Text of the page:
But without any mechanisms like % modifiers or better specialists, there's no real reason to concentrate population other than high production potential to build a wonder or spaceport. This strategic gameplay decision is one that lies in the early and midgame- by the end, you can have a wide and tall empire anyways once stadiums and neighborhoods are online. I was only trying to think of ways to make the strategic choice viable without penalizing wide. (For the record, I like wide more, but I feel like it shouldn't be the only competitive way to play.)
     
  6. NukeAJS

    NukeAJS Chieftain

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    I know this thread is a bit old but I got linked to it from the latest Polycast so here's my 2 cents:

    I think specialists providing +% yields and not raw yields could be the way to go. That being said, I also think that a nerf might be required to make this work well.

    Just spitballing -- if specialists gave +5%/+10%/+15% (for a max of +30%), I think it could be a huge boon to ICS by letting your cities grow 2 or 3 more pop points than normal (amenities might become a problem though -- again, just theorizing). So, if we went the specialists gave +% yields way, I think some kind of cap on raw yields via what buildings you can put in a district could be interesting.

    At size 1-3, you can building your first district, but no buildings inside them.
    At size 4, you can build your second district , but only one tier one building in one of those districts.
    At size 7, you can build your third district, two tier 1 buildings, and one tier 2 building.
    At size 10, you can build your fourth district, three tier 1 buildings, two tier 2 buildings, and a final tier three building.
    At size 13, 5/4/3/2
    At size 16, 6/5/4/3

    This would have the effect of putting a soft-cap on yields to pop size. Sure, you can have 20 pop 7 cities, but they'll only have a market and a bank and if you want the +15% modifier, you'll have to work just five tiles (two of which will be anchored to primarily food). If you want stock exchanges or research labs or whatever, you'll have to go to pop 10. If you furthermore want the +30% modifier, you can only work 7 tiles (with 2-3 citizens primarily working food). Since a size 7 city can only have one tier 2 building, it becomes more specialized. A size 7 city would have mid-level of one yield, low-mid of a second yield, and low yield of a third. On the other hand, larger cities -- let's say a size sixteen city -- would have three high yields, one mid yield, one low-mid yield, and one low yield assuming you built all available districts and filled them with their buildings.

    Attaching +% modifiers to specialists then allows a size twenty-six city to run three uber yields (three districts, full of buildings, with three specialists each). Being flexible on what it can produce would be a nice bonus. Smaller cities would be much more dependent on their local tiles as far as what they can switch production to.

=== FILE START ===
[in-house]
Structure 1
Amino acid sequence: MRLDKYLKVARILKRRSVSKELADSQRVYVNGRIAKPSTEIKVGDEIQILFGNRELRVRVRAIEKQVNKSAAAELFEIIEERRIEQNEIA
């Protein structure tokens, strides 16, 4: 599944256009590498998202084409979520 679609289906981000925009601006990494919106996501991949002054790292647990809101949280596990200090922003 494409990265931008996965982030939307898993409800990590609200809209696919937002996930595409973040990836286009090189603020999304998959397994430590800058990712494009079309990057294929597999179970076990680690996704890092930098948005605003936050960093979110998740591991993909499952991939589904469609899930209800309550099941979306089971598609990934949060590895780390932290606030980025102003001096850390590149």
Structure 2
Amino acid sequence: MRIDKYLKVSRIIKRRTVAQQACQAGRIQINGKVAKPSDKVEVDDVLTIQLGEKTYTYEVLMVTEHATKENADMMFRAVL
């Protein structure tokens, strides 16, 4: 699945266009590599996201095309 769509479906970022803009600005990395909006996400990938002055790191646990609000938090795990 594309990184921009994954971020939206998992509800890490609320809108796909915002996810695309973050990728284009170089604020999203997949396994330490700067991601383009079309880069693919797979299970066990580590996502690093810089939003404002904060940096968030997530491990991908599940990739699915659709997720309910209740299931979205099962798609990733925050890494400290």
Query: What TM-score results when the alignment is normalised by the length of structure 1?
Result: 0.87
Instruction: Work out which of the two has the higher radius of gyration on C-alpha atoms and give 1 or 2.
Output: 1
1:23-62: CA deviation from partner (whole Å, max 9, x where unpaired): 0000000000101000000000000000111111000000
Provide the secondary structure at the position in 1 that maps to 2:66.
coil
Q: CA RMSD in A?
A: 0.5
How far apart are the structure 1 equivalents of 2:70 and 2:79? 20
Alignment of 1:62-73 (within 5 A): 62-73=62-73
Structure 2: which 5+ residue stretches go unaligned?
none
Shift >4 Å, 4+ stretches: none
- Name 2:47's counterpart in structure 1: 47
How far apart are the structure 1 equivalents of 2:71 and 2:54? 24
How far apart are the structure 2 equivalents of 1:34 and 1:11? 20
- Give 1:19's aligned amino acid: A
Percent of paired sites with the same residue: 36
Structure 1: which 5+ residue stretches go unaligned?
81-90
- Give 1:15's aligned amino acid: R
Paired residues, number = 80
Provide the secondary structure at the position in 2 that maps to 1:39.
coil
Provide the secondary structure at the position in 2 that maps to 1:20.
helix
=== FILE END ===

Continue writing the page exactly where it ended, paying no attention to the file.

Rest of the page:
This would still make ICS a viable strategy. Some strats and cities SHOULD only produce a single yield well. In fact, I think these changes would make it so that a variety of mixing of small, medium, and large cities could all be viable depending on your tiles and diplomatic situation. On the other hand, it could just move the goal posts as far as how many pops are ideal in ICS. Right now, 6-7 seems ideal. With this change, I think that number would get bumped up to 13 (allows two final tier buildings and possibly max +% yields from specialists depending on your food tiles). This wouldn't necessarily be a bad thing though. ICS is still doable, it just takes longer to start the snowball rolling.
     
  7. Temppu

    Temppu Chieftain

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    Replying to this quite an old thread because the ideas introduced in the original post to improve tall play feel fairly reasonable for me. In particular, tall play requires bonuses that exponentially increase with number of citizens, an effect that existed in Civ V because:
    (i) Libraries yield bonus science per citizen -> (ii) Unis yield percentage bonus -> (iii) Public School yield bonus science per citizen -> (iv) Research lab yield percentage bonus
    => As a result, with all the science buildings, each citizen gives effectively gives (0.5+0.5+x)*(1.33+y)*1.5*z, where x = possible science yield from a worked tile (i.e., specialists mostly in Civ V), y = possible addition on 0.17 by Free Thought Policy), and z = Additional multipliers by other buildings, such as National College and Observatory. Thus, one building (in one city) can increase your whole civilizations science yield a remarkable amount, even multiply it by some factor. In contrast, in Civ VI you must build smaller buildings in all cities to get a similar boost, simply adding a University in your capital does not do much, but you must place Uni in as many cities as you can with the Rationalism card to really kick up some Science.